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Breakthrough Initiatives: Stephen Hawking and Yuri Milner to search for extraterrestrial life

On Monday, Russian billionaire investor, Yuri Milner announces a new $100 million space initiative. Speaking at the Royal Society in London, Milner was joined by Stephen Hawking, Martin Rees, Frank Drake, Geoff Marcy, Pete Worden and Ann Druyan, “to announce the unprecedented $100 million global Breakthrough Initiatives to reinvigorate the search for life in the universe.”1

Breakthrough Initiatives, the name of the new programs, will seek out extraterrestrial life in a number of different ways. The first is called Breakthrough Listen:

Teliscope1 Breakthrough Initiatives: Stephen Hawking and Yuri Milner to search for extraterrestrial life

The Parkes Radio Telescope (left) and the Green Bank radio telescope (right).

Breakthrough Listen will be the largest search for extraterrestrial life ever undertaken. Utilizing two of the world’s largest radio telescopes (see above), Breakthrough Listen will scan and listen to the closest 1,000,000 stars for radio transmissions. This has been done before, through various search for extraterrestrial intelligence (SETI) programs. However, the size and scope of the search will be orders of magnitude larger than SETI. In addition to scanning a much larger area, Breakthrough Listen will listen to a radio spectrum that is 5x larger than SETI. The program will also work in tandem with the Lick Telescope in California, which will search for optical laser transmissions.

Breakthrough Listen will last ten years, and has a $100 million funding commitment from Milner. The second initiative, Breakthrough Message, is much different than Listen:

Breakthrough Message aims to encourage debate about how and what to communicate with possible intelligent beings beyond earth. It takes the form of an international competition to create messages that could be read by an advanced civilization. The message must be in digital format, and should be representative of humanity and planet Earth.2

Breakthrough Initiatives, though, will be much more hands off with the Message component. Rather than facilitating and leading the research for Message, Breakthrough Initiatives is opting for a competition model, with the best messages receiving up to $1 million. However, the organization clearly points out that they have no intention of reaching out if or until a worldwide consensus is reached:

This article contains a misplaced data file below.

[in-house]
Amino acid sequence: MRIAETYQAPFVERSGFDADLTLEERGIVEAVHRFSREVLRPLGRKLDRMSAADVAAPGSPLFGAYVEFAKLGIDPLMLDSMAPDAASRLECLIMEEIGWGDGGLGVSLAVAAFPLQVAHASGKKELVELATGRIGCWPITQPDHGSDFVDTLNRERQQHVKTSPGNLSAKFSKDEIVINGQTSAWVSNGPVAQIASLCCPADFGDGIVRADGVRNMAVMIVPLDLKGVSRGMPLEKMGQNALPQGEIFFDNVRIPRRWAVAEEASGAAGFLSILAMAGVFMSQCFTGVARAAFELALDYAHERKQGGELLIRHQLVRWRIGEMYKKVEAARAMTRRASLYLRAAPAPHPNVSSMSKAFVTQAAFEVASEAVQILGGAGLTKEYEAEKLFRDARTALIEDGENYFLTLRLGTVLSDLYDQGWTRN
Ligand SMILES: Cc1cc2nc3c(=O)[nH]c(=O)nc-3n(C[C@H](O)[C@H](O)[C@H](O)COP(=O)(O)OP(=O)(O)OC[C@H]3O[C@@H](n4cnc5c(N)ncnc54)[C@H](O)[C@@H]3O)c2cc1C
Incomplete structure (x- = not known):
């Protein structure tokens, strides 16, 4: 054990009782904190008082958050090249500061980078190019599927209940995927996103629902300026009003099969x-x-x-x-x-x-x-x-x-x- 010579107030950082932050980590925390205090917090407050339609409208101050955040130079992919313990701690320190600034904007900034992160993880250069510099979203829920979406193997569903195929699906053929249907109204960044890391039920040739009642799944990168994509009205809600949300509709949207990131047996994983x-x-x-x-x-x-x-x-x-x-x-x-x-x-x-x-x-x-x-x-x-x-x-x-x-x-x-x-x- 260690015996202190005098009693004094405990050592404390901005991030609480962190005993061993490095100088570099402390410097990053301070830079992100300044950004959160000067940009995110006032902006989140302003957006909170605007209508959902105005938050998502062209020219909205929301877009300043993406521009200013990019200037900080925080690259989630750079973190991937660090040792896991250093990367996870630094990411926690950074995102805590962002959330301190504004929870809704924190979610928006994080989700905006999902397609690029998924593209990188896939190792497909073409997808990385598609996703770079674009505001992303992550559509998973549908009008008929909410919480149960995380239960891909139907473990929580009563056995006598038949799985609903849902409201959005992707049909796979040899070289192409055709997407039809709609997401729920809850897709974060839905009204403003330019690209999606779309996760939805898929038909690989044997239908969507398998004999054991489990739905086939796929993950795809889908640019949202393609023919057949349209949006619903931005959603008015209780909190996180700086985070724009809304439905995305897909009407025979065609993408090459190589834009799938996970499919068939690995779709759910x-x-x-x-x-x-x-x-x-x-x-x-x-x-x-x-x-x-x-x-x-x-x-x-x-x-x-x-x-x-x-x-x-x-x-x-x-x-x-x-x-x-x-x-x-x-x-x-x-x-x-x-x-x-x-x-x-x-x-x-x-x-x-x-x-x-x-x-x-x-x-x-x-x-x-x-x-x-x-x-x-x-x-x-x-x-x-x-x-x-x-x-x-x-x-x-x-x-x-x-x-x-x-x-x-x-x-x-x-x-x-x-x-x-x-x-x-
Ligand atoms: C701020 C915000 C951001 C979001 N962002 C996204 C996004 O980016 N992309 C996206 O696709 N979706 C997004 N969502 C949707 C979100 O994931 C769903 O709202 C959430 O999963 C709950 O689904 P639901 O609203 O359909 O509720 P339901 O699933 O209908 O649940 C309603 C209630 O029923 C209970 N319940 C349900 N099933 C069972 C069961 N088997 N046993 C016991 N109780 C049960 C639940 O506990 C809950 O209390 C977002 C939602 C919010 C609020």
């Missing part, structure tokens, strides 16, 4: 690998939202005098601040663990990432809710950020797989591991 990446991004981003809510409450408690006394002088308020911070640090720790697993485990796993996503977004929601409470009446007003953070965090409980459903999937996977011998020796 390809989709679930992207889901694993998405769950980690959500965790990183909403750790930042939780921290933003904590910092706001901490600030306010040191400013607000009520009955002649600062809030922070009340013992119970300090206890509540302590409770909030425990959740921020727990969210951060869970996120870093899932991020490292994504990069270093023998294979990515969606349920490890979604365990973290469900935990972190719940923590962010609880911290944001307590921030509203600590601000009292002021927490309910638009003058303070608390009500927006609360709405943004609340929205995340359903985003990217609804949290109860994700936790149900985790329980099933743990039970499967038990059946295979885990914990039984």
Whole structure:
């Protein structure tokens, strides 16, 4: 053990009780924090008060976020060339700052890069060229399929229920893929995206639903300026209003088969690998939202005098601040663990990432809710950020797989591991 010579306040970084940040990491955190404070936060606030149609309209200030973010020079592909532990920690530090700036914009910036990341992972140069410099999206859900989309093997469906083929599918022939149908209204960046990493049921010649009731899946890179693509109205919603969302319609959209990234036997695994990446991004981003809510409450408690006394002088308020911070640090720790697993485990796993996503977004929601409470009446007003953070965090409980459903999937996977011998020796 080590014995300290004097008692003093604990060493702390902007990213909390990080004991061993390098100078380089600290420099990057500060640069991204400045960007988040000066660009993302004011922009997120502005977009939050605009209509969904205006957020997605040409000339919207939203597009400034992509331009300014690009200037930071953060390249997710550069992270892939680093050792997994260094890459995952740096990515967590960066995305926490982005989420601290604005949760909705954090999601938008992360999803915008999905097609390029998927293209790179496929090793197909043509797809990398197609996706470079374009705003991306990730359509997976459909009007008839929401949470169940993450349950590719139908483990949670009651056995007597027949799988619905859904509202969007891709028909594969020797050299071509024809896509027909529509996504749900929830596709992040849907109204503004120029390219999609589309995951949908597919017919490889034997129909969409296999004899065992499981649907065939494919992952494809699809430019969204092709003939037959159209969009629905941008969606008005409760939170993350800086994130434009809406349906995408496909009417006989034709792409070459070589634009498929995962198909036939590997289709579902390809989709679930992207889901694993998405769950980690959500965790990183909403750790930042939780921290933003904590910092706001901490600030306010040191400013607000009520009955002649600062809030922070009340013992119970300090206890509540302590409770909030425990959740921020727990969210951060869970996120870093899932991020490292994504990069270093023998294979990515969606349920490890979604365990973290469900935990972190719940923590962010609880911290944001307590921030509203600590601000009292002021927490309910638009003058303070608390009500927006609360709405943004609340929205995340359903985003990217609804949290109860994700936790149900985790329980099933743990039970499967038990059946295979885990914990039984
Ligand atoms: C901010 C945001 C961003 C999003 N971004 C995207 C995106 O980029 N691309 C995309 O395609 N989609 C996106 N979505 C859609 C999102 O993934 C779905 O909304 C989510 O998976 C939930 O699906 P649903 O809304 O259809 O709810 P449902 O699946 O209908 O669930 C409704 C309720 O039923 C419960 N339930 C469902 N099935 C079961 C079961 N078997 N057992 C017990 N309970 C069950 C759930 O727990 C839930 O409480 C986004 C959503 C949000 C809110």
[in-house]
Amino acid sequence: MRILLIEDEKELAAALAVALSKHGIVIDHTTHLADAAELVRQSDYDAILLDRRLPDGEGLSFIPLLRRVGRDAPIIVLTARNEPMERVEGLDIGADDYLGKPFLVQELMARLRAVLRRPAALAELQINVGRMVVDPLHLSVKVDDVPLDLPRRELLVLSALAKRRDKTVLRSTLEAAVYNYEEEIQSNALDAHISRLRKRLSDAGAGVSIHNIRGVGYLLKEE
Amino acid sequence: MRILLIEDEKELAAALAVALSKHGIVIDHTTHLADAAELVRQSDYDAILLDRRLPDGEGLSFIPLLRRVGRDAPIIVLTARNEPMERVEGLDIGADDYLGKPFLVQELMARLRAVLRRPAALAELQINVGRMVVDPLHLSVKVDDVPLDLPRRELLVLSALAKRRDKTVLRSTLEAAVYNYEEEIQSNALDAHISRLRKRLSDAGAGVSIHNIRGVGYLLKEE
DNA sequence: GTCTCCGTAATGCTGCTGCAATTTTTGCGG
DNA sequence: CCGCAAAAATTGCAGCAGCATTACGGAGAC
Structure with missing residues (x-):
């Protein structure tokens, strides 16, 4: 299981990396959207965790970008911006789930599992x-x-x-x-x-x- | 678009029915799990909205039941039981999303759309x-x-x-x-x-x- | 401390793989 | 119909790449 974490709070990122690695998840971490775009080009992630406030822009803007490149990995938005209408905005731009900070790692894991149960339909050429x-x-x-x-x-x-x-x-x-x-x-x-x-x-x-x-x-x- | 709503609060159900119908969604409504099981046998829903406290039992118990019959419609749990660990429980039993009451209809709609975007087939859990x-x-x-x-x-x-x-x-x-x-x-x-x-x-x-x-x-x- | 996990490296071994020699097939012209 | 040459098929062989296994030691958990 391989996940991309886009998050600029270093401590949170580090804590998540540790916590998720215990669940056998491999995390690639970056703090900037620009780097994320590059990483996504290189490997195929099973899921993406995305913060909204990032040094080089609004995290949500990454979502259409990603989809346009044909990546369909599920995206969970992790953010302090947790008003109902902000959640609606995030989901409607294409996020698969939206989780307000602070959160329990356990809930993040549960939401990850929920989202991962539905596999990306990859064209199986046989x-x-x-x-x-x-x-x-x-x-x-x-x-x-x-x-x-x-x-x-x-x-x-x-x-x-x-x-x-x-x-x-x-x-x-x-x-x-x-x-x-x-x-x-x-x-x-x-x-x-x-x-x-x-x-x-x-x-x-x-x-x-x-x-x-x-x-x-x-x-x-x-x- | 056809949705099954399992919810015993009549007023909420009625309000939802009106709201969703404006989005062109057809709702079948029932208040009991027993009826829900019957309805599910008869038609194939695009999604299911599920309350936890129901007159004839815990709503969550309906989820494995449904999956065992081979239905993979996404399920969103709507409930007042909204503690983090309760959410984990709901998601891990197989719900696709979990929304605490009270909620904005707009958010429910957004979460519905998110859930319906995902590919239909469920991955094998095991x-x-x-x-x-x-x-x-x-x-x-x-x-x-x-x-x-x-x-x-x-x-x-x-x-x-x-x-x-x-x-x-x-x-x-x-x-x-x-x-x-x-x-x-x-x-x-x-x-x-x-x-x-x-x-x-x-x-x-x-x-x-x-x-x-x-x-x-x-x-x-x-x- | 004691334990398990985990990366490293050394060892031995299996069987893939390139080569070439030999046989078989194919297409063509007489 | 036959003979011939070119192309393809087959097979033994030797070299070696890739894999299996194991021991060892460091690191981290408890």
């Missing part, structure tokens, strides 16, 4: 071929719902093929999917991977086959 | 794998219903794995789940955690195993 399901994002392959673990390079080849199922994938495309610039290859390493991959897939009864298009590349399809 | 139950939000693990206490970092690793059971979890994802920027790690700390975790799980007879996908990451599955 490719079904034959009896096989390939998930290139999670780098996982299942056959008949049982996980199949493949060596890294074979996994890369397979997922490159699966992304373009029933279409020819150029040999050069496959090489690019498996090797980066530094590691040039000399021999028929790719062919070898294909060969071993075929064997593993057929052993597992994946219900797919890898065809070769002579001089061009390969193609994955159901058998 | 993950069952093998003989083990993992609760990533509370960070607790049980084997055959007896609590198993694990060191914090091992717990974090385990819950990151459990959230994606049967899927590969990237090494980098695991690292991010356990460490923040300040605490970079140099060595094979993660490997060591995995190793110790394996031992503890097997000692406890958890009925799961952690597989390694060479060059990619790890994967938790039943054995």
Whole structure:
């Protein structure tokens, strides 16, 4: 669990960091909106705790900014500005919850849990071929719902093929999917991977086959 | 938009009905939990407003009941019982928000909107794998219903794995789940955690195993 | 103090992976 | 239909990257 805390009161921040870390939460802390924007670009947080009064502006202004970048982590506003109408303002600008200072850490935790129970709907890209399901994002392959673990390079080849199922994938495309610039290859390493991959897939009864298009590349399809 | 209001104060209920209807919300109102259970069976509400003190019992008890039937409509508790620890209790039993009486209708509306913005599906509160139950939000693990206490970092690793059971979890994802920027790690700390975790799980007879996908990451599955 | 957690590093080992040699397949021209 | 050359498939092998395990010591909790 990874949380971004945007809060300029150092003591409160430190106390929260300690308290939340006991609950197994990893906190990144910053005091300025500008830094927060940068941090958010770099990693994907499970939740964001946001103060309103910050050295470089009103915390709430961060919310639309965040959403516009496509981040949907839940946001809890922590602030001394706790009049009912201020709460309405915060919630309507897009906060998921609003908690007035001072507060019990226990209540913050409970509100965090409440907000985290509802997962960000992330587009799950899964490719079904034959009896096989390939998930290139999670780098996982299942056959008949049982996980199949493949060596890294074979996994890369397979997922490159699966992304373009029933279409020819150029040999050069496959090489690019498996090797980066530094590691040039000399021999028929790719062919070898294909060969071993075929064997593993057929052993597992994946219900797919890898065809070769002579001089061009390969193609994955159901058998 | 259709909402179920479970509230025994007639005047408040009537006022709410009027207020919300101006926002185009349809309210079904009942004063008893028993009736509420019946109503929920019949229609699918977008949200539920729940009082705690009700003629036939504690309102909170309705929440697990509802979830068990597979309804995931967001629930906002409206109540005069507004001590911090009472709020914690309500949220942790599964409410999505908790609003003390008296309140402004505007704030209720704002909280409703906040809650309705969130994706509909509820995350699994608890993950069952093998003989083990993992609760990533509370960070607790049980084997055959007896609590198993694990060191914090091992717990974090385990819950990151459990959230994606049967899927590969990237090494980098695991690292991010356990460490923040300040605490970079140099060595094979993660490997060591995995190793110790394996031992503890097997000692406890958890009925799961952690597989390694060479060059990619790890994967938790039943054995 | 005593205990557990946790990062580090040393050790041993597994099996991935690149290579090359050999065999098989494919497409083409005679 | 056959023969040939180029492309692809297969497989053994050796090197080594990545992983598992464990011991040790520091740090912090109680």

For the moment we have no plan to send these messages. The program is a way to learn about the possibilities and constraints associated with interstellar correspondence. To encourage global discussion on the ethical and philosophical issues of sending messages into space, we pledge not to transmit any message until there has been a wide-ranging debate at high levels of science and politics on the risks and rewards of contacting advanced civilizations.3

This is very much in line with Stephen Hawking’s beliefs on the matter. Way back in 2010, Hawking argued that intelligent extraterrestrial life almost certainly exists. However, he argued that it would be incredibly dangerous to attempt to contact these life forms:

To my mathematical brain, the numbers alone make thinking about aliens perfectly rational…If aliens ever visit us, I think the outcome would be much as when Christopher Columbus first landed in America, which didn’t turn out very well for the American Indians.4

While, certainly, the launch of Breakthrough Initiatives has been in the works for some time, it was no doubt aided by the public response to New Horizons and the exploration of Pluto. This is a great time to be interested in space!